Art East Central
Art East Central is an English-language, open access, peer reviewed international journal publishing articles on architecture, design and the visual arts in central Europe from 1800 to the present day.
This article focuses on the Austrian contribution to the 1925 Exposition des Arts Décoratifs et Industriels Modernes in Paris and the role of the modern woman designer (Kunstgewerblerin) in light of the exhibition's focus on the modern female consumer. Tracing how women's contributions were seen as significant only when emphasising the pavilions shortcomings in offering truly modern (meaning practical and functional) design solutions, the article draws on debates about gender and the purpose of modern design, about the luxurious nature of the decorative arts in Vienna, and about the contested figure of the Kunstgewerblerin as a profession and a type of modern femininity. It argues that the 'female factor' in Austria's participation in Paris epitomised a moment when women's contributions to interwar Austrian design were being renegotiated in relation to the social, cultural, and economic concerns after the First World War
Curating national renewal : the significance of arts and crafts in the construction of Soviet identity at the 1925 Exposition internationale des arts décoratifs et industriels modernes in Paris
At the Exposition internationale des arts décoratifs et industriels modernes in Paris in 1925, the newly recognised Soviet Union was given a platform to present its ideology through art. It constructed an official narrative of national renewal through a sophisticated exhibition concept that complemented contemporary art (particularly constructivism) with arts and crafts. This article sheds light on why the Soviet officials chose this specific approach and how their strategy was rooted in the earlier exhibition experience of the Russian Empire and the Soviet Union. Focusing on the two sections of arts and crafts presented in Paris – the Kustar goods of Soviet Russia and folk art from other Soviet Republics – the article examines their significance for the carefully constructed Soviet identity of the time. Furthermore, it analyses the contributions of individual organisers to these sections in light of their statements and writings, their professional positions and their prior experience. By illuminating the human factor behind the official narrative, the article exposes a parallel level of interpretation in order to further a more nuanced understanding of the Soviet contribution.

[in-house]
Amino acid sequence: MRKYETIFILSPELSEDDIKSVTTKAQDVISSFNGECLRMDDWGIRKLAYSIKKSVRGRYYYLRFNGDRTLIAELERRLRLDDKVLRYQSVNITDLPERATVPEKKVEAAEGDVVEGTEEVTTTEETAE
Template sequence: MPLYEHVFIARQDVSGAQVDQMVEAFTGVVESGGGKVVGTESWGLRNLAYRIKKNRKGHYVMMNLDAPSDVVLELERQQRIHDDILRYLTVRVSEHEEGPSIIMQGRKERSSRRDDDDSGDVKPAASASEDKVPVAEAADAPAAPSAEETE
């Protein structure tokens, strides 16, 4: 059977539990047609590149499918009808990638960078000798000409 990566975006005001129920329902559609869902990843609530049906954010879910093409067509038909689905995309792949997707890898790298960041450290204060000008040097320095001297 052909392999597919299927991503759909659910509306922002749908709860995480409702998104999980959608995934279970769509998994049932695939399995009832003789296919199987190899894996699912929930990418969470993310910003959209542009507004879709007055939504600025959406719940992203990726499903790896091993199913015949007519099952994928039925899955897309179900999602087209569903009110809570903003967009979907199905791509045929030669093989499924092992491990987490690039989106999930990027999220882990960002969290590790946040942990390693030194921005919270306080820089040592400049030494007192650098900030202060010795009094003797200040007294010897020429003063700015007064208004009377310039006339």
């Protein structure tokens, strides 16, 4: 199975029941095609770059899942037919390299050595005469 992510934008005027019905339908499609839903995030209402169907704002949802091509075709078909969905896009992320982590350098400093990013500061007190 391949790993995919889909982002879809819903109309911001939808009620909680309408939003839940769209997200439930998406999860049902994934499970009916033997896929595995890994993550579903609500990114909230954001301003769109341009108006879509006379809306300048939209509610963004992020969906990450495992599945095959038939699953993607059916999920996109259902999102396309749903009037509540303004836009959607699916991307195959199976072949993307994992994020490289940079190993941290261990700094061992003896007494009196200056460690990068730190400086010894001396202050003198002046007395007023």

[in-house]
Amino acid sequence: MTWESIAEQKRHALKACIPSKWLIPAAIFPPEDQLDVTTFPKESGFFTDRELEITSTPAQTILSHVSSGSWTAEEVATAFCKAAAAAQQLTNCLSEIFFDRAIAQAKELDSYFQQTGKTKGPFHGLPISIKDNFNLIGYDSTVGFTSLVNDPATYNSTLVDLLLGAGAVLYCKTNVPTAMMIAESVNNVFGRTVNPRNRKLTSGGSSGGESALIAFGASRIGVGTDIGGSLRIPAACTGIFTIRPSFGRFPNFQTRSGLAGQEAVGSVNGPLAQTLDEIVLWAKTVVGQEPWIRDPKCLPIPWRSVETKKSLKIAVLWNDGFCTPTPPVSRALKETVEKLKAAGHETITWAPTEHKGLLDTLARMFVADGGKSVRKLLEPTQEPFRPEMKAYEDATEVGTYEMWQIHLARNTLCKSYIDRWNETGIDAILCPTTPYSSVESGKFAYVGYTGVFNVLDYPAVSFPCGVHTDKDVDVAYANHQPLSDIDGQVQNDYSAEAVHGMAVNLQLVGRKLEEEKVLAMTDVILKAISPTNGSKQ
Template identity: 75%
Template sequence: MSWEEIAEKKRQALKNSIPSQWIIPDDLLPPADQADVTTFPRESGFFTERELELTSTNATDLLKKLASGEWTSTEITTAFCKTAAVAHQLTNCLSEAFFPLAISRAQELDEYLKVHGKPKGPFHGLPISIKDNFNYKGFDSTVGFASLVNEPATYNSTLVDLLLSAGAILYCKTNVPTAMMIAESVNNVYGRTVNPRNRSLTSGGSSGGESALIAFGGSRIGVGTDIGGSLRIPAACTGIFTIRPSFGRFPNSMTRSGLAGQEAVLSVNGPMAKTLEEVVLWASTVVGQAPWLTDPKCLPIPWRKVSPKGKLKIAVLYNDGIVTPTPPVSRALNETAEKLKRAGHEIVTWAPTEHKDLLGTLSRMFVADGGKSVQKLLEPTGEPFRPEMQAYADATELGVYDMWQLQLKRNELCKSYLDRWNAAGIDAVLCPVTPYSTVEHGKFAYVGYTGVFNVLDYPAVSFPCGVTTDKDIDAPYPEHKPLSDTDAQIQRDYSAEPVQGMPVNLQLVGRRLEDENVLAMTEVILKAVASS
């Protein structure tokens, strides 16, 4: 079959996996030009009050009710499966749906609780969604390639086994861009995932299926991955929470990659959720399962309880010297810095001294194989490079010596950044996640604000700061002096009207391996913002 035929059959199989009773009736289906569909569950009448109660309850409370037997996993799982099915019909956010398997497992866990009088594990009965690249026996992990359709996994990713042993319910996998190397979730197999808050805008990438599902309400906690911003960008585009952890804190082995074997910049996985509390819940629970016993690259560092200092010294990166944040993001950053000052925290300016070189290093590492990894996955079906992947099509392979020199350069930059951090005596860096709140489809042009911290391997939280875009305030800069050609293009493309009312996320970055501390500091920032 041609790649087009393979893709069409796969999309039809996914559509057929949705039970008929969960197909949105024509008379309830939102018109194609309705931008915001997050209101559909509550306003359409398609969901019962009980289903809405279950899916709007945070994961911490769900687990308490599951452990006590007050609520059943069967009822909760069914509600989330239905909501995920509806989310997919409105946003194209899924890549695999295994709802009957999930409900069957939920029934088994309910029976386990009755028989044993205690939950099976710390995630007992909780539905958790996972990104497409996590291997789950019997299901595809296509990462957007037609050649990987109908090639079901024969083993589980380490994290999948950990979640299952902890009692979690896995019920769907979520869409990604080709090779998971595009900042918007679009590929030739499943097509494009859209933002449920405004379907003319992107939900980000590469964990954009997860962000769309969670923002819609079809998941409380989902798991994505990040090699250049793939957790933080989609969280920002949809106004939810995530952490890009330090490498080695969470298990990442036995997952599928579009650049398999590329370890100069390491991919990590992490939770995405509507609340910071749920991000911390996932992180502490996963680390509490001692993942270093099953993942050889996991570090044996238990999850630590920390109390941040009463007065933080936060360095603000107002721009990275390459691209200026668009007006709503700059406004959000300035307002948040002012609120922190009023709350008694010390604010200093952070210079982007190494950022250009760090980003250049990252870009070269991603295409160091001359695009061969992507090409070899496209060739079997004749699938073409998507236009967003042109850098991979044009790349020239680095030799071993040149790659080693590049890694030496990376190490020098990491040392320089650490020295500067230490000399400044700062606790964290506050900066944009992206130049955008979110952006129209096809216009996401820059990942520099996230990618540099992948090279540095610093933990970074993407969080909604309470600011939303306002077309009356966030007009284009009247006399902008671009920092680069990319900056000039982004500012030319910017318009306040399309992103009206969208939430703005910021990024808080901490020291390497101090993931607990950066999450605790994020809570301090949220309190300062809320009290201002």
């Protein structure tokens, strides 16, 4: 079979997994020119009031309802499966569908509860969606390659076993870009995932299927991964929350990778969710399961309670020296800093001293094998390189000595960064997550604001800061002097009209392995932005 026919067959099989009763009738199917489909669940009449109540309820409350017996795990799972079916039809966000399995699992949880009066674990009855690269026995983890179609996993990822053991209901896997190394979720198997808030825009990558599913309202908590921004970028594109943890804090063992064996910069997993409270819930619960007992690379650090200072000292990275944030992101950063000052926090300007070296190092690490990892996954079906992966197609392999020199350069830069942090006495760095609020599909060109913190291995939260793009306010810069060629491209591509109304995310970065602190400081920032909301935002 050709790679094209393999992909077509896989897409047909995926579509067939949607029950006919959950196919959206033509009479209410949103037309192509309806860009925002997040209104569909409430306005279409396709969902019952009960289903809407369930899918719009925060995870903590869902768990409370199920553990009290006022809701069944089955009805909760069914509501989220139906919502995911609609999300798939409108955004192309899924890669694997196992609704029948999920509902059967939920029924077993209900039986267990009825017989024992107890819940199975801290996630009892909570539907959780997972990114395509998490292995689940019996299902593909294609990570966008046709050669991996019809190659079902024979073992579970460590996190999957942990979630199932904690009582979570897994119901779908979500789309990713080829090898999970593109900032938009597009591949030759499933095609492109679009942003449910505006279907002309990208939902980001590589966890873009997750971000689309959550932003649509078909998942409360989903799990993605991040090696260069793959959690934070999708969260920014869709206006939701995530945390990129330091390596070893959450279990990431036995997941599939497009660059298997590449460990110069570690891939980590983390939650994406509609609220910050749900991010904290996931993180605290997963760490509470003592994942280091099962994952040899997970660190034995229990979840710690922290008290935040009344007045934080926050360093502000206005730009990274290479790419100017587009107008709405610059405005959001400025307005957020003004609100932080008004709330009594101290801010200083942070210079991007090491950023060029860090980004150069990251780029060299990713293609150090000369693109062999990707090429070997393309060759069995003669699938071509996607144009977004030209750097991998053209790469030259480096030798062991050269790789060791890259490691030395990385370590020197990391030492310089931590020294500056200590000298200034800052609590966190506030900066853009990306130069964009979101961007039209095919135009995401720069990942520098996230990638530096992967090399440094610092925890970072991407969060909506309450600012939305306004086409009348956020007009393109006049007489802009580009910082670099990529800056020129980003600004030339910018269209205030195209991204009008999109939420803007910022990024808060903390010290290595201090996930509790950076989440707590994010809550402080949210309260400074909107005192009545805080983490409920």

In 1937, at the International Exposition of Art and Technology in Modern Life in Paris, the Soviet pavilion featured a rich variety of arts, including handicrafts. This article explores the endeavors of the Scientific Research Institute of Art Industry to arrange a collection of Soviet crafts for international display. Throughout the article, the preparation work is contextualized in relation to the other cultural and political processes of the mid-1930s. It further highlights the role of the Institute's experts in translating the ideological guidelines of the Fair Committee into the language of artistic practice. Based on analysis of archival documents, the article argues that in addition to the short-term goals of preparing for the exhibition, the Institute used this opportunity to expand its network of contacts and establish closer links with artisans all around the Soviet Union. The co-operation of experts and the artisans during the preparatory phase helped to build a common ground for planning further reforms in the industry. Finally, the articles seeks to determine how the motivations of the collectives and individuals corresponded to the official goals and state narratives of the Soviet participation in the 1937 Paris World's Fair.